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A performance management plan is a formal process used to create clear goals and track progress efficiently and effectively. The techniques used to develop and complete the plan are standard and can be used in a range of circumstances. The type of performance being managed can be at the organizational, departmental or employee level. People who work in a union environment are accustomed to the term "performance management plan" being used to describe a micromanagement style that typically occurs before a staff member is subject to discipline for poor workplace performance.
At the organizational level, a performance management plan is used by senior managers to set specific targets and ensure that they are met. The first step in this type of plan is to devise a mission statement that succinctly describes the work to be done. This statement will be repeated through the project and used to increase commitment from staff members and improve the overall level of effort.
A department that is consistently underperforming or marginally meeting monthly and quarterly metrics might benefit from a performance management plan. The target goals are clearly set and are achievable. A series of regular meetings is scheduled to evaluate progress toward this goal. In many departments, a reward system is used, and shame for performance failure is a tactic used in some departments.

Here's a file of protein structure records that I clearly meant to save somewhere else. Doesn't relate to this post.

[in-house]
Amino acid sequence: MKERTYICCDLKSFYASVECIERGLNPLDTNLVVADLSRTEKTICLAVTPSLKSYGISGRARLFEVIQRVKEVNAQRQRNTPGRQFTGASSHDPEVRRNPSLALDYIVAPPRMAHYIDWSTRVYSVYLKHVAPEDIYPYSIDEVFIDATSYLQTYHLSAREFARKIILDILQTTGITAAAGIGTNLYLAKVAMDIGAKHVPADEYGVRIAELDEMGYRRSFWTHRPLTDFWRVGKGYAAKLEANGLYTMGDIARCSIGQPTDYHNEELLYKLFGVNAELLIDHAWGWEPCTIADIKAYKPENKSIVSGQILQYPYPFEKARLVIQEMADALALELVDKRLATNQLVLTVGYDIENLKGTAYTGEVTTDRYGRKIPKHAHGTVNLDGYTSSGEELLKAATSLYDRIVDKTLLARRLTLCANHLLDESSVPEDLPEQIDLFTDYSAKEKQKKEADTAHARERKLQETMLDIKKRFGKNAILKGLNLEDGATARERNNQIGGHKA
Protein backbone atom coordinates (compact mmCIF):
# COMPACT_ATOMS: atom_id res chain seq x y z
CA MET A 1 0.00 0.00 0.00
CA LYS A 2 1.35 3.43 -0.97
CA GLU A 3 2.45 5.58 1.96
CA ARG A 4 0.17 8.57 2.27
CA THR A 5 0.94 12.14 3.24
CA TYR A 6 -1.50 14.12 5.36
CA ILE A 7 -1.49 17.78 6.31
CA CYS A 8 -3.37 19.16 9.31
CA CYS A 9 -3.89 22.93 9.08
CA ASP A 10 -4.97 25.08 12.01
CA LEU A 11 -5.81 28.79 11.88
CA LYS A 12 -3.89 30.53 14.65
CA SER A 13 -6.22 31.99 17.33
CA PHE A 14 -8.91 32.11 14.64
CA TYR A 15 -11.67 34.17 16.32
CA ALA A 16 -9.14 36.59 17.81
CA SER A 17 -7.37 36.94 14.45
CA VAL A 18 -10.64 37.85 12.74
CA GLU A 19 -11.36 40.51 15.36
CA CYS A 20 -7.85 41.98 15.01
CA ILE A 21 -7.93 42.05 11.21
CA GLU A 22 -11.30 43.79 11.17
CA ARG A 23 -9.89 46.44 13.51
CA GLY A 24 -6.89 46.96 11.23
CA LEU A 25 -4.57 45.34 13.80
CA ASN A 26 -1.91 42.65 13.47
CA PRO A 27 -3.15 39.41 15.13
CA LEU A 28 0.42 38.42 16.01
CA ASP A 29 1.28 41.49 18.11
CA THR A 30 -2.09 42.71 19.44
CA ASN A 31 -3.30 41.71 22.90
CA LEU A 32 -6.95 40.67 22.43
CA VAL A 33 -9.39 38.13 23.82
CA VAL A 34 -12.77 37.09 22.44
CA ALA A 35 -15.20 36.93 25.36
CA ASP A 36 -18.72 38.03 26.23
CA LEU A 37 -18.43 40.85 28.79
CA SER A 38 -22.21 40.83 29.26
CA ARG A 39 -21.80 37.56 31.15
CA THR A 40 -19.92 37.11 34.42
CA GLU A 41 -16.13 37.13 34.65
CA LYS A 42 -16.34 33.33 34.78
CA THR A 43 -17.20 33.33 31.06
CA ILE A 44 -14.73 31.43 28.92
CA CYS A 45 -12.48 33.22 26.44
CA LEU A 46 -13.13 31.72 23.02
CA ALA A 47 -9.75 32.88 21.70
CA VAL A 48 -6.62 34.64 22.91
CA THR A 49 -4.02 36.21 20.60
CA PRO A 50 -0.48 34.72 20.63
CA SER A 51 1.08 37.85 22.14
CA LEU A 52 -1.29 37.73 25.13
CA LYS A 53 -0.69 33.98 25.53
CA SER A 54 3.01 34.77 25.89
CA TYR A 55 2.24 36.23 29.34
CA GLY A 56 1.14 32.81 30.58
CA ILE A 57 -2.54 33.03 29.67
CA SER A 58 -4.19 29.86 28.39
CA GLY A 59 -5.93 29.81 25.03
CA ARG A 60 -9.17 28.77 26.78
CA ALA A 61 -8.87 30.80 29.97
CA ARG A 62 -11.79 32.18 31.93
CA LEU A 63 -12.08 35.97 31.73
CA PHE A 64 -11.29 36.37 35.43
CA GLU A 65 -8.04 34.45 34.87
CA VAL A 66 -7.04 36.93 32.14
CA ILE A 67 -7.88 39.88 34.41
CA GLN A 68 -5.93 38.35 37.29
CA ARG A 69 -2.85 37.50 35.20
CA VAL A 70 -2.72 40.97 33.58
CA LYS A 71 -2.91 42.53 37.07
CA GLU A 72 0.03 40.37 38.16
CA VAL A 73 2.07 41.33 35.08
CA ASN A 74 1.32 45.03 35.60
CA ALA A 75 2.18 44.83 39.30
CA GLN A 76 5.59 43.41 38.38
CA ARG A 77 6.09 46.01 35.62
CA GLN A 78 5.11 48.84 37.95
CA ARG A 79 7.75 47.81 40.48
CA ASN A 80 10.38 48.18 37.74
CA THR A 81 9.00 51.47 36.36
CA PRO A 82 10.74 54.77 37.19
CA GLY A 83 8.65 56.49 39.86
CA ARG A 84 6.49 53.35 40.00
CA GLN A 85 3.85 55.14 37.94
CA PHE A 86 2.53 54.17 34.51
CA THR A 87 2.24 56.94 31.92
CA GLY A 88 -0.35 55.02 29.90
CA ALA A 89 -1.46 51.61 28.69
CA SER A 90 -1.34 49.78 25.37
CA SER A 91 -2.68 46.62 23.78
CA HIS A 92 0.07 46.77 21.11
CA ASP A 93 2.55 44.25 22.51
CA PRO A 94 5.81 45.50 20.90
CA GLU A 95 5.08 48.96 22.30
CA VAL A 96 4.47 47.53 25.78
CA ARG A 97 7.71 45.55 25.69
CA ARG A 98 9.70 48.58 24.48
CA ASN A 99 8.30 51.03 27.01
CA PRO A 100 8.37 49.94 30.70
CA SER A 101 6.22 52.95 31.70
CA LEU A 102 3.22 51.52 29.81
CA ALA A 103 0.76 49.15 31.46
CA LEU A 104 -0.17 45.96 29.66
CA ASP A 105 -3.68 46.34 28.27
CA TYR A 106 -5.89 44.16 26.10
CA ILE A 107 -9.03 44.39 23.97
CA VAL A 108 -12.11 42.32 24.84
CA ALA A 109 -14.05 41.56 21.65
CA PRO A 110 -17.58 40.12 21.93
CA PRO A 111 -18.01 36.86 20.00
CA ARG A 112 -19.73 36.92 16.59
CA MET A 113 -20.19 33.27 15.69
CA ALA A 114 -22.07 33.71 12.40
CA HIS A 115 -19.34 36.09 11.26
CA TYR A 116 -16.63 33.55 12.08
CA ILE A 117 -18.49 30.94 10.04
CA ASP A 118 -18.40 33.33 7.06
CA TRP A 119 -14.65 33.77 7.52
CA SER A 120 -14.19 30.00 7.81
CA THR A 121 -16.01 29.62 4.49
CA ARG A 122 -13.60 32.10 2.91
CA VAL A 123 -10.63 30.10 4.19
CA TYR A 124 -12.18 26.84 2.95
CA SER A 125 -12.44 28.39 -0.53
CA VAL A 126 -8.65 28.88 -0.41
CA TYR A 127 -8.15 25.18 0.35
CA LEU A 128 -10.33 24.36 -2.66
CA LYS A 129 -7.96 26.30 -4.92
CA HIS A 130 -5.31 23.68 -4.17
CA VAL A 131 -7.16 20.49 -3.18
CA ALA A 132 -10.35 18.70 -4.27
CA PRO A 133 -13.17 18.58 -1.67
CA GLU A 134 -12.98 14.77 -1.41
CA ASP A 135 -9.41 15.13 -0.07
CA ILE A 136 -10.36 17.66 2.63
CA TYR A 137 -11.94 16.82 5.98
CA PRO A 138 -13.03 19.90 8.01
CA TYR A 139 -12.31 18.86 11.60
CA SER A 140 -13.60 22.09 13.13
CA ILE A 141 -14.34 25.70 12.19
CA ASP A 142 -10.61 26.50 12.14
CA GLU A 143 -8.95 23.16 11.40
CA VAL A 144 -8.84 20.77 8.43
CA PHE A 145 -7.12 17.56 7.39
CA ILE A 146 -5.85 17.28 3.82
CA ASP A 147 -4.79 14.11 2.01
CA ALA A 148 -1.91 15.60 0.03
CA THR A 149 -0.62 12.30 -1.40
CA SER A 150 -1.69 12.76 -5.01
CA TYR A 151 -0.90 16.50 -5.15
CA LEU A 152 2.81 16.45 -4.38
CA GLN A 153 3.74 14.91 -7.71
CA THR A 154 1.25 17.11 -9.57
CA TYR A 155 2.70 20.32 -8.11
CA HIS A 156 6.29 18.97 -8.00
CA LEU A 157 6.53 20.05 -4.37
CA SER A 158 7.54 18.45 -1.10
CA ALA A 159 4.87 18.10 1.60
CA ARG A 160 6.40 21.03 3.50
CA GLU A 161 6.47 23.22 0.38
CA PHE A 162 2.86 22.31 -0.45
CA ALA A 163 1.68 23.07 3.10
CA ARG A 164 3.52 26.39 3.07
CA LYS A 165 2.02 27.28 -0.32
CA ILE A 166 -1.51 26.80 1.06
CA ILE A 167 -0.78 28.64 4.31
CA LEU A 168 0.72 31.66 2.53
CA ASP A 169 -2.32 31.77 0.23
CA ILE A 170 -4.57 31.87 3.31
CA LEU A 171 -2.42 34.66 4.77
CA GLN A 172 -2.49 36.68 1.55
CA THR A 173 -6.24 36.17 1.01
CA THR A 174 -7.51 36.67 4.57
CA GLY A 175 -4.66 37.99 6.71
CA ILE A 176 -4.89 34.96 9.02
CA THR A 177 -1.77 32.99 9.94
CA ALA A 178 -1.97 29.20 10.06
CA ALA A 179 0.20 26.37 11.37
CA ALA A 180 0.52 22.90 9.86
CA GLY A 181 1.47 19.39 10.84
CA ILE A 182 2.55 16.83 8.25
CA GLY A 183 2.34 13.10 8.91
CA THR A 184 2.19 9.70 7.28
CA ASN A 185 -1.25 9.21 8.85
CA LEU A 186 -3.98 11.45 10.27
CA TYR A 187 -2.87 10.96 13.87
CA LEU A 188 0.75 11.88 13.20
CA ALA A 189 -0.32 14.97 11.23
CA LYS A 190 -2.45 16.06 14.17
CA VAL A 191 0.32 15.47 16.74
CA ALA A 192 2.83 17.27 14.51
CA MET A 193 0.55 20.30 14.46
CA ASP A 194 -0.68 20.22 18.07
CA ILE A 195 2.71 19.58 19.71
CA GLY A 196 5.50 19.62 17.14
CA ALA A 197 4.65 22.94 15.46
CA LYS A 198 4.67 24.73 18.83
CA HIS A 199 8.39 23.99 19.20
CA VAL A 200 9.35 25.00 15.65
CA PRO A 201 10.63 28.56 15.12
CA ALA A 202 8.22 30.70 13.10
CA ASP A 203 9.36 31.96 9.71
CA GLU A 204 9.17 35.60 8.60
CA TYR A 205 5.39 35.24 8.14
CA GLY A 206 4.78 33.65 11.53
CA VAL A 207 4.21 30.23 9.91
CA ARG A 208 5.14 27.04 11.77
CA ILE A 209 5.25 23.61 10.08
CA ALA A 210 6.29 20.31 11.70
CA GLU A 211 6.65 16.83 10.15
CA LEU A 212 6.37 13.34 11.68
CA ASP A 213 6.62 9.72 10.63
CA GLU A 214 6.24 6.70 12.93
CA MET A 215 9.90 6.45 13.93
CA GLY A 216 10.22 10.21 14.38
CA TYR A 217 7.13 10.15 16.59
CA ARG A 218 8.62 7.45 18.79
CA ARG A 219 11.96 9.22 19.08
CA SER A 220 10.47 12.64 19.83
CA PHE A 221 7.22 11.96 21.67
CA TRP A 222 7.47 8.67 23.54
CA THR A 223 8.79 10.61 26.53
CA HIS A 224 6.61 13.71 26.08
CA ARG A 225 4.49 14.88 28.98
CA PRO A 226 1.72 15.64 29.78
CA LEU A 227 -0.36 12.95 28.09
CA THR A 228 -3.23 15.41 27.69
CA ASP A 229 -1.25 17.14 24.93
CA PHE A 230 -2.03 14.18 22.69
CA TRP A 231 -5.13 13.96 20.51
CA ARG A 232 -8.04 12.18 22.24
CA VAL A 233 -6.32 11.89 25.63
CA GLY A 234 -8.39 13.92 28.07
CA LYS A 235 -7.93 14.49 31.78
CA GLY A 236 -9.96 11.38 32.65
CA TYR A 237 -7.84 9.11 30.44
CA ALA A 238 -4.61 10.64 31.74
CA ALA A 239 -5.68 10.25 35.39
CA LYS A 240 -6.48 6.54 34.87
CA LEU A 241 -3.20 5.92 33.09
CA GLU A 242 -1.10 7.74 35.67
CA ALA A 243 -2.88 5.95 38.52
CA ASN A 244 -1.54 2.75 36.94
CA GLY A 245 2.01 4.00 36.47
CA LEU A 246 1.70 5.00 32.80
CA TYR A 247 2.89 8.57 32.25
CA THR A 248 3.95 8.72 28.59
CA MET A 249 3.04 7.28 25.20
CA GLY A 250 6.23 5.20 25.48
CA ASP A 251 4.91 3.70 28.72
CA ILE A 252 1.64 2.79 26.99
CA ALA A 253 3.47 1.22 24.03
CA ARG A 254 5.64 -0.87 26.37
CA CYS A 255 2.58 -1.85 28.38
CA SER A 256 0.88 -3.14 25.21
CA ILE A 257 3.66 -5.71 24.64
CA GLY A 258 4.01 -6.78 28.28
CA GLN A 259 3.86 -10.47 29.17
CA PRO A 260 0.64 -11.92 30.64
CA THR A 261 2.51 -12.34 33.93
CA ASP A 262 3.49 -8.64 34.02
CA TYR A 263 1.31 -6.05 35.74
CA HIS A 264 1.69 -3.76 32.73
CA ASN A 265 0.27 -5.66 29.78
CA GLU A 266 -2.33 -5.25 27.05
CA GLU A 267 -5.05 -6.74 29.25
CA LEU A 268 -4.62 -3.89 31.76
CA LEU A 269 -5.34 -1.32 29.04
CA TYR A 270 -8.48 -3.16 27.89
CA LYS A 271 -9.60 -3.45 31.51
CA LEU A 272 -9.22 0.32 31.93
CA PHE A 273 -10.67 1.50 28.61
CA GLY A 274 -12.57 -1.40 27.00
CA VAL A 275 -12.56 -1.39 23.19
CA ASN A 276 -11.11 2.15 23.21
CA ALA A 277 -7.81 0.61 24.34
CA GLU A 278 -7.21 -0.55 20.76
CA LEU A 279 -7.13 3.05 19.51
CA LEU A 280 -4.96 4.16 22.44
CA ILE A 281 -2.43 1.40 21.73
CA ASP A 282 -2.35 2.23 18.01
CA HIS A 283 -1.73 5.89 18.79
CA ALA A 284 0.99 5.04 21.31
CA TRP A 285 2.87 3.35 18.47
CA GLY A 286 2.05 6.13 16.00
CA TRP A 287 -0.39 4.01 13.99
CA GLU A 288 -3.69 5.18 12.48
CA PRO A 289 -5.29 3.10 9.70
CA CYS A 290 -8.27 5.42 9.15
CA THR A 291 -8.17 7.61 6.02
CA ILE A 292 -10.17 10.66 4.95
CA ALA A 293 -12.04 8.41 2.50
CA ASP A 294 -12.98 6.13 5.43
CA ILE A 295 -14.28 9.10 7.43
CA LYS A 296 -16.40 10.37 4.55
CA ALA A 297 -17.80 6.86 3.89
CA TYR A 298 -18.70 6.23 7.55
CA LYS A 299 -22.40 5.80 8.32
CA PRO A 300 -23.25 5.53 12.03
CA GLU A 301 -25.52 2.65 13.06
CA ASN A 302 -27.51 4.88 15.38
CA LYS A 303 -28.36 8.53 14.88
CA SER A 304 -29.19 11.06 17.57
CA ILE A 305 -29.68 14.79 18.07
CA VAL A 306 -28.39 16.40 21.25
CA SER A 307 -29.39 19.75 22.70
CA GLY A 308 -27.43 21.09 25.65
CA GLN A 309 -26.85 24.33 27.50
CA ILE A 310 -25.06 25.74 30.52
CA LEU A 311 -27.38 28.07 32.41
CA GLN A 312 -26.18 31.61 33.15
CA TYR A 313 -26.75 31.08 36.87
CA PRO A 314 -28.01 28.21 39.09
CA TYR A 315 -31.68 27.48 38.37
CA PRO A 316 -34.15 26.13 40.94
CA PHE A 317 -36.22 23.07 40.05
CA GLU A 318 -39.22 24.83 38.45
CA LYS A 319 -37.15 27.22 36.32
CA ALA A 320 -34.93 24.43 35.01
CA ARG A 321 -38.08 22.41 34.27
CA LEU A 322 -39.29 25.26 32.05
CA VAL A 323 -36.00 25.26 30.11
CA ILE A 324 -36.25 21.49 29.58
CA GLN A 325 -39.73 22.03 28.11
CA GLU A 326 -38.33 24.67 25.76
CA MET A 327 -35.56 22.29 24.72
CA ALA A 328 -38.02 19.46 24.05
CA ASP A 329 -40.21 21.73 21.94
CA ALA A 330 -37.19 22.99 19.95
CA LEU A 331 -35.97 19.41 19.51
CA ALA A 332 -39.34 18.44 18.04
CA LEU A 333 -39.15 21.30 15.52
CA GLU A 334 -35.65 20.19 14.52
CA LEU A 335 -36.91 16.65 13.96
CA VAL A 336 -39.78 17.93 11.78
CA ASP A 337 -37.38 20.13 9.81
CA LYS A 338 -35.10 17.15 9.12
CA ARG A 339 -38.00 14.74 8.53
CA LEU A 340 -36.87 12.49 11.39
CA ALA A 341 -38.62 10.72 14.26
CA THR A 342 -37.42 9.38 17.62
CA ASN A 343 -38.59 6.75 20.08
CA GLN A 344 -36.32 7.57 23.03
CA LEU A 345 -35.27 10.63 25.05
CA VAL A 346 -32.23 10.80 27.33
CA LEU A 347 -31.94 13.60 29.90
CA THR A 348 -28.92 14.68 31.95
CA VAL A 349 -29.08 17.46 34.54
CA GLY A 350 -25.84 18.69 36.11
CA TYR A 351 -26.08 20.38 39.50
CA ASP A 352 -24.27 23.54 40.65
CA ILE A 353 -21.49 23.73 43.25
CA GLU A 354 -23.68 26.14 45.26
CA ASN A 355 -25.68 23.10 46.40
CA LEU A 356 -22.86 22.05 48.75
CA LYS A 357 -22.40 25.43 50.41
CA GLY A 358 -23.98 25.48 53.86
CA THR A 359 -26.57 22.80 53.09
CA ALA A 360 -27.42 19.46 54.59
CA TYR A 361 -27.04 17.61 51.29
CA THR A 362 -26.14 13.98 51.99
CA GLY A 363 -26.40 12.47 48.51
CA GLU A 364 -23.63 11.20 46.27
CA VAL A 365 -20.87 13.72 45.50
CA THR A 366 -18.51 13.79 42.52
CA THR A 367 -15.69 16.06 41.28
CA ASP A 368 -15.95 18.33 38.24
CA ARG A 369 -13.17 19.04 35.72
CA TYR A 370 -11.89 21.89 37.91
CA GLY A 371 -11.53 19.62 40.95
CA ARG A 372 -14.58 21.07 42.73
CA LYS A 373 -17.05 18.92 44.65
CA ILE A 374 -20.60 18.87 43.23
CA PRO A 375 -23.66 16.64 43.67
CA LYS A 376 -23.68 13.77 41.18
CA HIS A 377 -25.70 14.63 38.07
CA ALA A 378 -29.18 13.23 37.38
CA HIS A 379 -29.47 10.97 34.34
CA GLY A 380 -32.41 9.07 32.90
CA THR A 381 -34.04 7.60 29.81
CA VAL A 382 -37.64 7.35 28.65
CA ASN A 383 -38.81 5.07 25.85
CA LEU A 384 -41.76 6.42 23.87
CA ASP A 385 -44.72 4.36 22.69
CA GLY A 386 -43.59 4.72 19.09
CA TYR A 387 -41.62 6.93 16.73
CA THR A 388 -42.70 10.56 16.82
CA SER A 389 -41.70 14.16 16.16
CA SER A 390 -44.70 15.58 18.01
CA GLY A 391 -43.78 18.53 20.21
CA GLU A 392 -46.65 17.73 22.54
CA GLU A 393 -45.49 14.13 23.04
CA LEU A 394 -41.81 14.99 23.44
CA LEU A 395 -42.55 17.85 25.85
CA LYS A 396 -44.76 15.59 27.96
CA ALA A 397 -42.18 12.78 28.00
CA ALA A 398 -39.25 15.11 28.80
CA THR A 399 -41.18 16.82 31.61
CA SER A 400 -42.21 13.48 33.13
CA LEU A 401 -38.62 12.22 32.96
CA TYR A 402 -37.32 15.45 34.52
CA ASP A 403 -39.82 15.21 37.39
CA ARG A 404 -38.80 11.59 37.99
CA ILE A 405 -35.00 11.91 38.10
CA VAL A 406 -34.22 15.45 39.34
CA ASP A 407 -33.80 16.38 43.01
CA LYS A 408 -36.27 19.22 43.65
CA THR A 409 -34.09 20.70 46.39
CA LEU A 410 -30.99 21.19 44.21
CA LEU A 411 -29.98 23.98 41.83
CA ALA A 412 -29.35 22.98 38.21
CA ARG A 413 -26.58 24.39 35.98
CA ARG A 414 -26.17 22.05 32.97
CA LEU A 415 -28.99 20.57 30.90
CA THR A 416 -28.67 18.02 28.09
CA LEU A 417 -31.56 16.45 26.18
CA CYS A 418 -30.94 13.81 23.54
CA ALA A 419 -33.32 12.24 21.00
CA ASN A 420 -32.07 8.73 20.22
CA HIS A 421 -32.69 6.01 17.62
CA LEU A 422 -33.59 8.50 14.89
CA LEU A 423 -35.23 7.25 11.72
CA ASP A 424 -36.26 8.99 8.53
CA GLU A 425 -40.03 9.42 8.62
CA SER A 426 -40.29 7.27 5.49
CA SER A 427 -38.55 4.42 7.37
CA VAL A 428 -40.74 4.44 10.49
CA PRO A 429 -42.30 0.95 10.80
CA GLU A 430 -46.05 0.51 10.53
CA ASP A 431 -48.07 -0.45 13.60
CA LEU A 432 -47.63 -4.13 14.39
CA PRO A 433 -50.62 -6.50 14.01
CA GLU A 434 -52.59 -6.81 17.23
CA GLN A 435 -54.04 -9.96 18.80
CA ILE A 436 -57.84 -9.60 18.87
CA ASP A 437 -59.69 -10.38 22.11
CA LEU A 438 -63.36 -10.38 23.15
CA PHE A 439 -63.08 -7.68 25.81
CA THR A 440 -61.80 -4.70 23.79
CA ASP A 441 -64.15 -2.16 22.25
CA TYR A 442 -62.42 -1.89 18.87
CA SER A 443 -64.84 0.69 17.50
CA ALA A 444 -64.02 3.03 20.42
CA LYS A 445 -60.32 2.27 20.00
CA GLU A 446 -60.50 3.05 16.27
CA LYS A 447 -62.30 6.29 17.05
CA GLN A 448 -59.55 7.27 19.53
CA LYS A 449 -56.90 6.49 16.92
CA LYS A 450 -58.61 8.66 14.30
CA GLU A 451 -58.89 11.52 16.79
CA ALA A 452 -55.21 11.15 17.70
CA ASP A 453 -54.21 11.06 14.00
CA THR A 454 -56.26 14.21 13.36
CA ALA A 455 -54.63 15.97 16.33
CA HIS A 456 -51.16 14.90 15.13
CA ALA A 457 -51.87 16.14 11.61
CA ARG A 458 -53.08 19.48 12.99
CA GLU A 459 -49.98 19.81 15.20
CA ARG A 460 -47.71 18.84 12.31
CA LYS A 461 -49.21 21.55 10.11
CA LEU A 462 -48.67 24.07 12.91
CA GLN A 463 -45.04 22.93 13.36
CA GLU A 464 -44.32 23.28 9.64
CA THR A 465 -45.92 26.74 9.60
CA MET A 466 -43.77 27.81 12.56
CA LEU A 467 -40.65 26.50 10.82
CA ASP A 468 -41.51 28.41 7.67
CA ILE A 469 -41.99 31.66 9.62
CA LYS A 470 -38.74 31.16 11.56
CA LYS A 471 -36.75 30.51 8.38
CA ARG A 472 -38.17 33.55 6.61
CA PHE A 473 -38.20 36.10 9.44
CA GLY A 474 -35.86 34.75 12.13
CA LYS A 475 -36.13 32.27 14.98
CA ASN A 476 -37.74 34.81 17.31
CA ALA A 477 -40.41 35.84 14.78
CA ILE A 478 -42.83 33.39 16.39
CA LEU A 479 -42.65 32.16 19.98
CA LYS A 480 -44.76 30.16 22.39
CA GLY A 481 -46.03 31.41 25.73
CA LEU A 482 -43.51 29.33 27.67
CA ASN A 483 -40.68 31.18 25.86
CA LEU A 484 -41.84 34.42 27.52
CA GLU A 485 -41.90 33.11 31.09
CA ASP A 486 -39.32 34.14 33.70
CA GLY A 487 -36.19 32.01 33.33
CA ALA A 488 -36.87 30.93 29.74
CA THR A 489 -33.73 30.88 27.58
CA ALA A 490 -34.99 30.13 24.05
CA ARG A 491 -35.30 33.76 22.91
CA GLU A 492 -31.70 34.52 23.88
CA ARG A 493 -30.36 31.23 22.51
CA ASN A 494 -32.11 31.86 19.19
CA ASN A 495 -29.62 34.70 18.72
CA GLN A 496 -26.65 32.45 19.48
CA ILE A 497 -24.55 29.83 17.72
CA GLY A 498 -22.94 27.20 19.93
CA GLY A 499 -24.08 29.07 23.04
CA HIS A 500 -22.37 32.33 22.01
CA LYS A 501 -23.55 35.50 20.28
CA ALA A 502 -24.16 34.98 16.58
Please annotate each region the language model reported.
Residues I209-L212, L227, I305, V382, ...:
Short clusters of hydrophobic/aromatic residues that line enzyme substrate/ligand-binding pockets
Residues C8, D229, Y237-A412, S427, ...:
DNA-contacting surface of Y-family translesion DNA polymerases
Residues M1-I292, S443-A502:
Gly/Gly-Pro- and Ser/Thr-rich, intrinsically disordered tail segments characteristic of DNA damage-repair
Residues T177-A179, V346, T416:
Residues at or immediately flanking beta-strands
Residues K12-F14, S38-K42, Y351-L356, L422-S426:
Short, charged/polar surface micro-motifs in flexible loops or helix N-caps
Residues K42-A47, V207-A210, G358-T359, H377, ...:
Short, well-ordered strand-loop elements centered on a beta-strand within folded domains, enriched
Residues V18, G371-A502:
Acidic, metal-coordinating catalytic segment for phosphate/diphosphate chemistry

Developing this type of management plan for an underperforming employee is the responsibility of the supervisor or manager, together with a member or members of the human resources staff. The best plans are quite simple, with a list of the employee's primary responsibilities and the corresponding targets or goals. At regularly scheduled intervals, the manager and the employee meet to review the performance to date and discuss any issues or challenges that are affecting performance.
In many organizations, the formal performance management plan includes posting the targets in a highly visible place. Weekly meetings are held to update the progress toward the targets and to single out staff members who have made a significant contribution. While this aspect of the performance management plan is quite viable, the most important part of a successful plan is completed in strategic meetings with senior managers.
The identification and correction of business process flaws and barriers to success are essential. The selection of targets must be completed with care, ensuring that the entire process is within the department's area of control. This type of focused approach will encourage full participation, because staff members will have all of the tools necessary to achieve the goals.
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